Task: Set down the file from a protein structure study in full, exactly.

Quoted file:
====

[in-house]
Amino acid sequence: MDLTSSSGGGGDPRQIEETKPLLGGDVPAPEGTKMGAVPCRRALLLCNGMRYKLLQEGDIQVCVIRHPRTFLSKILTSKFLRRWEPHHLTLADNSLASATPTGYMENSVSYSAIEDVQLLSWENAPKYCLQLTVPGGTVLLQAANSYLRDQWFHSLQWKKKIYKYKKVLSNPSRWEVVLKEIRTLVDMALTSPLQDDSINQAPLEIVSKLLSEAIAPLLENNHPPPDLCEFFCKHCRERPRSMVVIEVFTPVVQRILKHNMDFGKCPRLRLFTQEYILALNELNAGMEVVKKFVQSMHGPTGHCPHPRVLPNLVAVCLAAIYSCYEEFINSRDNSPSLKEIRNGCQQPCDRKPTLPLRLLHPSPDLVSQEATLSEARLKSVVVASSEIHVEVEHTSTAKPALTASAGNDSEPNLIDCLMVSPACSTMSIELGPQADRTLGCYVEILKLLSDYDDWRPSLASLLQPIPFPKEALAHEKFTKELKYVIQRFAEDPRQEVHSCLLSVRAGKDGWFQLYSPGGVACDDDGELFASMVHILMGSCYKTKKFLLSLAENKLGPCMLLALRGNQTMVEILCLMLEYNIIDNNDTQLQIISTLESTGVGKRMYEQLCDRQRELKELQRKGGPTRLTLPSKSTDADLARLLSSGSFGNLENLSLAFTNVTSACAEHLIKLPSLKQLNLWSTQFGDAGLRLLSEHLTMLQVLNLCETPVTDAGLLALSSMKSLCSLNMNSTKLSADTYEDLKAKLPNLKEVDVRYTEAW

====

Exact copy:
[in-house]
Amino acid sequence: MDLTSSSGGGGDPRQIEETKPLLGGDVPAPEGTKMGAVPCRRALLLCNGMRYKLLQEGDIQVCVIRHPRTFLSKILTSKFLRRWEPHHLTLADNSLASATPTGYMENSVSYSAIEDVQLLSWENAPKYCLQLTVPGGTVLLQAANSYLRDQWFHSLQWKKKIYKYKKVLSNPSRWEVVLKEIRTLVDMALTSPLQDDSINQAPLEIVSKLLSEAIAPLLENNHPPPDLCEFFCKHCRERPRSMVVIEVFTPVVQRILKHNMDFGKCPRLRLFTQEYILALNELNAGMEVVKKFVQSMHGPTGHCPHPRVLPNLVAVCLAAIYSCYEEFINSRDNSPSLKEIRNGCQQPCDRKPTLPLRLLHPSPDLVSQEATLSEARLKSVVVASSEIHVEVEHTSTAKPALTASAGNDSEPNLIDCLMVSPACSTMSIELGPQADRTLGCYVEILKLLSDYDDWRPSLASLLQPIPFPKEALAHEKFTKELKYVIQRFAEDPRQEVHSCLLSVRAGKDGWFQLYSPGGVACDDDGELFASMVHILMGSCYKTKKFLLSLAENKLGPCMLLALRGNQTMVEILCLMLEYNIIDNNDTQLQIISTLESTGVGKRMYEQLCDRQRELKELQRKGGPTRLTLPSKSTDADLARLLSSGSFGNLENLSLAFTNVTSACAEHLIKLPSLKQLNLWSTQFGDAGLRLLSEHLTMLQVLNLCETPVTDAGLLALSSMKSLCSLNMNSTKLSADTYEDLKAKLPNLKEVDVRYTEAW